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Do you think it's good or bad when you can't remember your dreams?

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posted on Jun, 1 2009 @ 12:16 PM
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I have been thinking about this for awhile now. I think it's horrible that I haven't been able to remember many dreams lately when I used to remember them all. My friend said that it's good not to remember your dreams. And I guess if you belong to the Freudian school of thought, that'd make sense because there is nothing your subconcious needs to work out or stress that needs to be quieted through dreams. But, I think that dreams are a great source of imagination and feel that I am even more stressed on days that I don't recall having any dreams. I also feel that I am losing my imagination in some vital way. I just wanted to know what some of you think on this subject. I know it's probably not the most interesting thread. I was just curious.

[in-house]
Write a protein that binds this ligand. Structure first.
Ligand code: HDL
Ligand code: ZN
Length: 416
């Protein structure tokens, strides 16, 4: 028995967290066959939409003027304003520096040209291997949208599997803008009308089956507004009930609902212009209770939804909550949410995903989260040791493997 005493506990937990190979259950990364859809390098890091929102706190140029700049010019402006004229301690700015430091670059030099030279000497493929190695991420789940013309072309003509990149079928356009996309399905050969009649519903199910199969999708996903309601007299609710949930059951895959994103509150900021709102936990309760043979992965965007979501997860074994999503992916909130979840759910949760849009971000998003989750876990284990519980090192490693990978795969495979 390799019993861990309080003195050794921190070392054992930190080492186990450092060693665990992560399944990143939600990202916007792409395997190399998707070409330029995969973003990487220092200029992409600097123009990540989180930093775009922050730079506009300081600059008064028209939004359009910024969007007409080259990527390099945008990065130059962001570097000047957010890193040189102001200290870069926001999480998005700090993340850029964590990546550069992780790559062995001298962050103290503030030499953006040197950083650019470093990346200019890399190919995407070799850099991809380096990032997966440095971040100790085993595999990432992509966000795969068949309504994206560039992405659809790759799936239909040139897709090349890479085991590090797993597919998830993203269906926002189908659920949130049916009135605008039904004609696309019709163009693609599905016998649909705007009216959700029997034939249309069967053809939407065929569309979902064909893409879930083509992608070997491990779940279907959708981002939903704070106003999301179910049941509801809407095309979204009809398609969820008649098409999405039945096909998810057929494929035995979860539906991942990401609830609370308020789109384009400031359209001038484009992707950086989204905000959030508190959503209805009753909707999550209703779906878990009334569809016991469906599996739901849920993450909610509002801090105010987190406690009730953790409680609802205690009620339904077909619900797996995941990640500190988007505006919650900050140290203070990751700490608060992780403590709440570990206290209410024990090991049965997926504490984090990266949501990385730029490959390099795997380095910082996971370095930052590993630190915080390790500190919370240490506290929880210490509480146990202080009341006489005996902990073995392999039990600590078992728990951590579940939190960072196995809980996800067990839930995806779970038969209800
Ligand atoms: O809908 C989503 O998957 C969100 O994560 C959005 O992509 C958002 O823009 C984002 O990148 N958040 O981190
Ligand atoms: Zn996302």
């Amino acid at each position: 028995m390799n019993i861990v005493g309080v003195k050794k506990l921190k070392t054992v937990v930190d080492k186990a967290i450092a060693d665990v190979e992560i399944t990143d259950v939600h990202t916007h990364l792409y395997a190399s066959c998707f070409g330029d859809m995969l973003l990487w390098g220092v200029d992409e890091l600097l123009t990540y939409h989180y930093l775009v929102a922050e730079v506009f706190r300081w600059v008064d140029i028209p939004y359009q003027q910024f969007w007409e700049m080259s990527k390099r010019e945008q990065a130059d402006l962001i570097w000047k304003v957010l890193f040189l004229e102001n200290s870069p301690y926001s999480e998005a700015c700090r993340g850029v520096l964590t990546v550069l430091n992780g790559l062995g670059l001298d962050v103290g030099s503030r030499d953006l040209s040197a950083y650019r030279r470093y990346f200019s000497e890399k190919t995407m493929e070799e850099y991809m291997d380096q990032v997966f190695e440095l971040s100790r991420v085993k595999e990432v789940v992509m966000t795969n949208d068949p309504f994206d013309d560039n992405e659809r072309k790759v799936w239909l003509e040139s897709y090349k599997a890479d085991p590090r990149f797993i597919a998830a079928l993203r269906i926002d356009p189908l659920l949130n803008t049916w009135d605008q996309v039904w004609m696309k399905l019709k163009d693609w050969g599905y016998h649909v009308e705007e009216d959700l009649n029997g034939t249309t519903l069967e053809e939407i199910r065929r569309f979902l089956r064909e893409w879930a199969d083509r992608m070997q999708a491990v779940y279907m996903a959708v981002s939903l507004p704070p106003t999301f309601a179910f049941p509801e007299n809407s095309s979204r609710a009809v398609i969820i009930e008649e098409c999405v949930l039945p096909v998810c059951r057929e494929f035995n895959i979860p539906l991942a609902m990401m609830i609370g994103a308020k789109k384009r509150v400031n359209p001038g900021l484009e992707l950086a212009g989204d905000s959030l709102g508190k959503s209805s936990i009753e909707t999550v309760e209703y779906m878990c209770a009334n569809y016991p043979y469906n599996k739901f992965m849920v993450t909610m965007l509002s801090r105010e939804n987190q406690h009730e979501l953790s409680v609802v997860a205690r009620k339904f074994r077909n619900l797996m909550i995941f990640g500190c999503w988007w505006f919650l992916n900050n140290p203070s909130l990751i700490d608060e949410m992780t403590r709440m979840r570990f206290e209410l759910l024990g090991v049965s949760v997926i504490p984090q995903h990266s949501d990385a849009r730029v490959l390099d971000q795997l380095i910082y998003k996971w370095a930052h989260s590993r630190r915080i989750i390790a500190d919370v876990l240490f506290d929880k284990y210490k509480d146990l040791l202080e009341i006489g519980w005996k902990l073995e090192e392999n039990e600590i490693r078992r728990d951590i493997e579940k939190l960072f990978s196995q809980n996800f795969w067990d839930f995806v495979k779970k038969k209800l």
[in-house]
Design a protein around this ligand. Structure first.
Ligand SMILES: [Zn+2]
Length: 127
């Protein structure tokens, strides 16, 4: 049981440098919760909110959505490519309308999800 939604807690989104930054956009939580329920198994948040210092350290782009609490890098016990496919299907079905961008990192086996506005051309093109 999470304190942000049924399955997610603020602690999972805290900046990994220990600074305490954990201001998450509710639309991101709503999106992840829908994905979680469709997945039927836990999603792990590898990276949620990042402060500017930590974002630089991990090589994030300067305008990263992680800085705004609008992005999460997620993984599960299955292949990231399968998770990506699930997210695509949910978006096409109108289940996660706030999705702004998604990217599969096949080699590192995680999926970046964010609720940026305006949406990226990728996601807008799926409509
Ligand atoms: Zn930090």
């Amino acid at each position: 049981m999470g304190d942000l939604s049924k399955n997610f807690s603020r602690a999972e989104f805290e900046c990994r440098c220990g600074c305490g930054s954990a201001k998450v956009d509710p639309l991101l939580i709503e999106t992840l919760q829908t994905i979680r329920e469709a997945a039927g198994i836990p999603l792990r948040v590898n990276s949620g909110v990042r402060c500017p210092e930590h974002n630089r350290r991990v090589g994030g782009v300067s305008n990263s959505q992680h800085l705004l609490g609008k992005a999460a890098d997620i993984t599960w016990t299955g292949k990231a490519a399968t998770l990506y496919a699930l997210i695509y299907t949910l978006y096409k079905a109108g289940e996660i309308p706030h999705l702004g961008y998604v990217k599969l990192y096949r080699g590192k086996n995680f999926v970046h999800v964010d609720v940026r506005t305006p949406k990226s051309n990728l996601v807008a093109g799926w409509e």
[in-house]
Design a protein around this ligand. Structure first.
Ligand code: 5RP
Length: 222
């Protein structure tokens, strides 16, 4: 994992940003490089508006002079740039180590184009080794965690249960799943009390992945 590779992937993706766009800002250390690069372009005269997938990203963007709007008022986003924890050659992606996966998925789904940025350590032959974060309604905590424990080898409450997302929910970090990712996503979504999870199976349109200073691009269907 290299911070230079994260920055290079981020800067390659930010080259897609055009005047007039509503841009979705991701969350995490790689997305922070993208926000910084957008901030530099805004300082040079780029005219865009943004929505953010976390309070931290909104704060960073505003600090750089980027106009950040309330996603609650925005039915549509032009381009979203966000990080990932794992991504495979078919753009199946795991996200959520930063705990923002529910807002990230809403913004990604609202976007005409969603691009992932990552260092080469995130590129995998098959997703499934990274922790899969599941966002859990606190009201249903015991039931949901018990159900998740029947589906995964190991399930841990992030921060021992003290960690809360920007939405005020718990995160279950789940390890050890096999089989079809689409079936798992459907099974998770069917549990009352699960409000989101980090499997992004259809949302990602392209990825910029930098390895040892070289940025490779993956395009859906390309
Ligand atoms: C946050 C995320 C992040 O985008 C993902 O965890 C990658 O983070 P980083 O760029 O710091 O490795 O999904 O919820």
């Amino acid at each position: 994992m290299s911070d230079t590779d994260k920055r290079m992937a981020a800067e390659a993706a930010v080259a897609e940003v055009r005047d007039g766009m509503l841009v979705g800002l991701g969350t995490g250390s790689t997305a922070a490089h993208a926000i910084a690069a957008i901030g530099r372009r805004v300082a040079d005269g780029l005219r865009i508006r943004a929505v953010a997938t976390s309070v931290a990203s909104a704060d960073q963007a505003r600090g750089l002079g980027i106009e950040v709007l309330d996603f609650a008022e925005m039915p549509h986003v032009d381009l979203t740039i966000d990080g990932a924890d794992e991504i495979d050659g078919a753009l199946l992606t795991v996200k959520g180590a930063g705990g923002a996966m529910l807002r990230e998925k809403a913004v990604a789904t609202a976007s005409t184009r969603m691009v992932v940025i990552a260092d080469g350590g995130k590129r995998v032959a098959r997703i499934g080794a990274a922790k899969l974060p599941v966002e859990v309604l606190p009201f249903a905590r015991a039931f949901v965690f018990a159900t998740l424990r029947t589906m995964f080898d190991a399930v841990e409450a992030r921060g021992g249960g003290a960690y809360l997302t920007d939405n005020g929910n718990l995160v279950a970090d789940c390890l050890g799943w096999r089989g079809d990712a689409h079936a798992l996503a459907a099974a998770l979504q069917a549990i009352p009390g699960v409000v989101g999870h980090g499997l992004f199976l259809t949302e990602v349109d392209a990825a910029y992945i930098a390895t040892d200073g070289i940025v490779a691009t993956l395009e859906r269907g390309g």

posted on Jun, 1 2009 @ 12:24 PM
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reply to post by ldyserenity
 


i think it's really good to remember your dreams!!

not only does it give you a break from the real world, but it gives you something to think about, and anything extra is worth pondering over, especially if it's a weird dream!

usually though, dreams are there to tell us something - try ceasing your fluoride intake. once i switched to non-fluoridated toothpaste, and when i stopped drinking sodas and teas, my dreams became MUCH more vivid, and i could remember each and every one, every single night!

just don't drink teas or sodas for a couple weeks, as an experiment, and see if your dreams don't become more vivid and memorable!



posted on Jun, 1 2009 @ 12:28 PM
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I can't say if its good or bad to not remember your dreams. But I went through something similar to your experience. After a lifetime of dreaming all night, every night, with vivid recollection, I stopped dreaming altogether for about six months.

First my step-father died, then my father-in-law died, then my mother died, and finally my father died. All within two years. Also, my dog died. Then my new kitten disappeared...